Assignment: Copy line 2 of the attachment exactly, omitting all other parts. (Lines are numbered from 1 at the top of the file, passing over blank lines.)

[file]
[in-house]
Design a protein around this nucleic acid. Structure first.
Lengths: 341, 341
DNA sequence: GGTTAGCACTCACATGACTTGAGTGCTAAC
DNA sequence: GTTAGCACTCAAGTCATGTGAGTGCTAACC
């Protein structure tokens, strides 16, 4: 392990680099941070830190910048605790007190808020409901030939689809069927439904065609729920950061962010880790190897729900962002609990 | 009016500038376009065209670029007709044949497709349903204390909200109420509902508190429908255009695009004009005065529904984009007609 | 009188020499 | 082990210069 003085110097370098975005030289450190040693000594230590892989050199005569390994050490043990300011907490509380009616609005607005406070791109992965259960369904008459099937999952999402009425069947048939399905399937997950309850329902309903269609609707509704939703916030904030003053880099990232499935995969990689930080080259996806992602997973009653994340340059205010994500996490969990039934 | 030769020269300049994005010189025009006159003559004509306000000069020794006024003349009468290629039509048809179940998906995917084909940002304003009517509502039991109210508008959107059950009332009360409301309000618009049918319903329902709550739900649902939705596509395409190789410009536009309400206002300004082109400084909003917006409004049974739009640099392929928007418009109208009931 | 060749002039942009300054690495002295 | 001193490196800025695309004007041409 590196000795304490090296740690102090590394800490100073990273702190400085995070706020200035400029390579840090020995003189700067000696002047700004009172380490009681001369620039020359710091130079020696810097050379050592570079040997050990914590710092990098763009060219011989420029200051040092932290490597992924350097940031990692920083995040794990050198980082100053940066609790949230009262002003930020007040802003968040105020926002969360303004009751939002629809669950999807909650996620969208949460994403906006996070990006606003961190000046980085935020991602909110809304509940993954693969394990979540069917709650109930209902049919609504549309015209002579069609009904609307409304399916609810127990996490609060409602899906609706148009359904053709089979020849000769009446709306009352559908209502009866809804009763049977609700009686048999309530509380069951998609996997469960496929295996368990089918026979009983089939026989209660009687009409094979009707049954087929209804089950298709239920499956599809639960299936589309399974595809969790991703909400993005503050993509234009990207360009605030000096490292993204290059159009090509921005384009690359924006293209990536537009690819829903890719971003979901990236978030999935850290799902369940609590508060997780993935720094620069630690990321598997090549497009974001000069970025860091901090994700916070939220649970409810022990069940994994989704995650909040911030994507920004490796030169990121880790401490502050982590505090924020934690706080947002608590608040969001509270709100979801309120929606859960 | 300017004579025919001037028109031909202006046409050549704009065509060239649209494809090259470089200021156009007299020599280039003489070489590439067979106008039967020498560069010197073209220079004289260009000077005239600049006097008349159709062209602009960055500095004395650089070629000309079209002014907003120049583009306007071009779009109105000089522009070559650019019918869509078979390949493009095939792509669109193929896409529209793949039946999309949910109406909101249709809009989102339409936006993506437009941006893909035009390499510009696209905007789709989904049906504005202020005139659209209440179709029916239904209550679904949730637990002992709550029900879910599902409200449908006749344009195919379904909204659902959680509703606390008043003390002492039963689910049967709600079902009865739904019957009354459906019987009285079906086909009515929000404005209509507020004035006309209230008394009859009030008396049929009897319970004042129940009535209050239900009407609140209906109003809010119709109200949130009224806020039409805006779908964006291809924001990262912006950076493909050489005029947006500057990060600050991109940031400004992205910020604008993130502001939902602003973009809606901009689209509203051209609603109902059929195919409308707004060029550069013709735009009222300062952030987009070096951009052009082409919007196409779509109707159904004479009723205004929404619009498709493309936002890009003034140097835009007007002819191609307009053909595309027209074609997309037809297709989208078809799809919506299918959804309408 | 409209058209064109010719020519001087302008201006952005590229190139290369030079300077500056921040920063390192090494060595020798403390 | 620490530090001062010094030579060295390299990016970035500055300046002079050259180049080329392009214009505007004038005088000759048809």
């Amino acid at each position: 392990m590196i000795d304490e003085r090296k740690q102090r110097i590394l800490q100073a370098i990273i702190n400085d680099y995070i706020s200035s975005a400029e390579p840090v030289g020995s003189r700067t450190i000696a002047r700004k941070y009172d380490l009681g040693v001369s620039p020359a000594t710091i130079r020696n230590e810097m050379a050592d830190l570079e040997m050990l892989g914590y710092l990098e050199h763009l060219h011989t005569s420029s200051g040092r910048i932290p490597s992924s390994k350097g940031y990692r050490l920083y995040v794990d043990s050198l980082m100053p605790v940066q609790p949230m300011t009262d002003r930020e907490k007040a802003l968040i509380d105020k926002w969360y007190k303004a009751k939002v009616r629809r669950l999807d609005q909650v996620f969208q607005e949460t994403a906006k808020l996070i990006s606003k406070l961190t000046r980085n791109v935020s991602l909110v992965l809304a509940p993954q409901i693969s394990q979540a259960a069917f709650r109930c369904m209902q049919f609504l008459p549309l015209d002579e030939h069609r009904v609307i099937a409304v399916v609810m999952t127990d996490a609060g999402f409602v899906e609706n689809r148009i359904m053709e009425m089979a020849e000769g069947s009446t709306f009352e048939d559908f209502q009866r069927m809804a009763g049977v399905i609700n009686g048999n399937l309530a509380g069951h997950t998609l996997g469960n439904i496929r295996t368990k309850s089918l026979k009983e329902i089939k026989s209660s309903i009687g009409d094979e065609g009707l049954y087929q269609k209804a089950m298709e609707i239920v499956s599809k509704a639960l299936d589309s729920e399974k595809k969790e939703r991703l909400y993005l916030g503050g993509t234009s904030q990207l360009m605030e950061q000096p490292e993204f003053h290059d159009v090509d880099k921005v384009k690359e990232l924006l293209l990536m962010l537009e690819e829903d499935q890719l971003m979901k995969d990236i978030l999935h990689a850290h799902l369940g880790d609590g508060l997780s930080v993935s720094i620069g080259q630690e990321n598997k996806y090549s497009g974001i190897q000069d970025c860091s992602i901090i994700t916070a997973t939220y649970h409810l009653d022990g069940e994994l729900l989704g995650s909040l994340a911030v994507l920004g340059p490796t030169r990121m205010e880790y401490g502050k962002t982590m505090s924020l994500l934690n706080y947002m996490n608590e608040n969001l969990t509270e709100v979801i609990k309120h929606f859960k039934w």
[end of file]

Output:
Design a protein around this nucleic acid. Structure first.